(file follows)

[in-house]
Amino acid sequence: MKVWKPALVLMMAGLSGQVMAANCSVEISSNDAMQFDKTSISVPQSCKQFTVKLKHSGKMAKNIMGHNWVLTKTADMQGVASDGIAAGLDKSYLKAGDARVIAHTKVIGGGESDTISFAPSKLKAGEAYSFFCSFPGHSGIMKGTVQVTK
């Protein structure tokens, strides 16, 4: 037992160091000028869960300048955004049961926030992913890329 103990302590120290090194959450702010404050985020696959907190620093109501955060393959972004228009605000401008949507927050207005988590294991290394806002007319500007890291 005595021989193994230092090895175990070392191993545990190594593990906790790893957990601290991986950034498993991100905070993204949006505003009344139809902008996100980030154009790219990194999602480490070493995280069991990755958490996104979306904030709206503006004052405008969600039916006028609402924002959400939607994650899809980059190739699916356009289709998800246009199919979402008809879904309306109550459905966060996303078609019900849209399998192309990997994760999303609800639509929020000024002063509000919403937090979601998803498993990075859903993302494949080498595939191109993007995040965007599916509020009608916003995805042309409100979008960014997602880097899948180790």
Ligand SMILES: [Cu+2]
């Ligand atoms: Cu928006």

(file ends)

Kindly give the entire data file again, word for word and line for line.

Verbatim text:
[in-house]
Amino acid sequence: MKVWKPALVLMMAGLSGQVMAANCSVEISSNDAMQFDKTSISVPQSCKQFTVKLKHSGKMAKNIMGHNWVLTKTADMQGVASDGIAAGLDKSYLKAGDARVIAHTKVIGGGESDTISFAPSKLKAGEAYSFFCSFPGHSGIMKGTVQVTK
């Protein structure tokens, strides 16, 4: 037992160091000028869960300048955004049961926030992913890329 103990302590120290090194959450702010404050985020696959907190620093109501955060393959972004228009605000401008949507927050207005988590294991290394806002007319500007890291 005595021989193994230092090895175990070392191993545990190594593990906790790893957990601290991986950034498993991100905070993204949006505003009344139809902008996100980030154009790219990194999602480490070493995280069991990755958490996104979306904030709206503006004052405008969600039916006028609402924002959400939607994650899809980059190739699916356009289709998800246009199919979402008809879904309306109550459905966060996303078609019900849209399998192309990997994760999303609800639509929020000024002063509000919403937090979601998803498993990075859903993302494949080498595939191109993007995040965007599916509020009608916003995805042309409100979008960014997602880097899948180790």
Ligand SMILES: [Cu+2]
């Ligand atoms: Cu928006």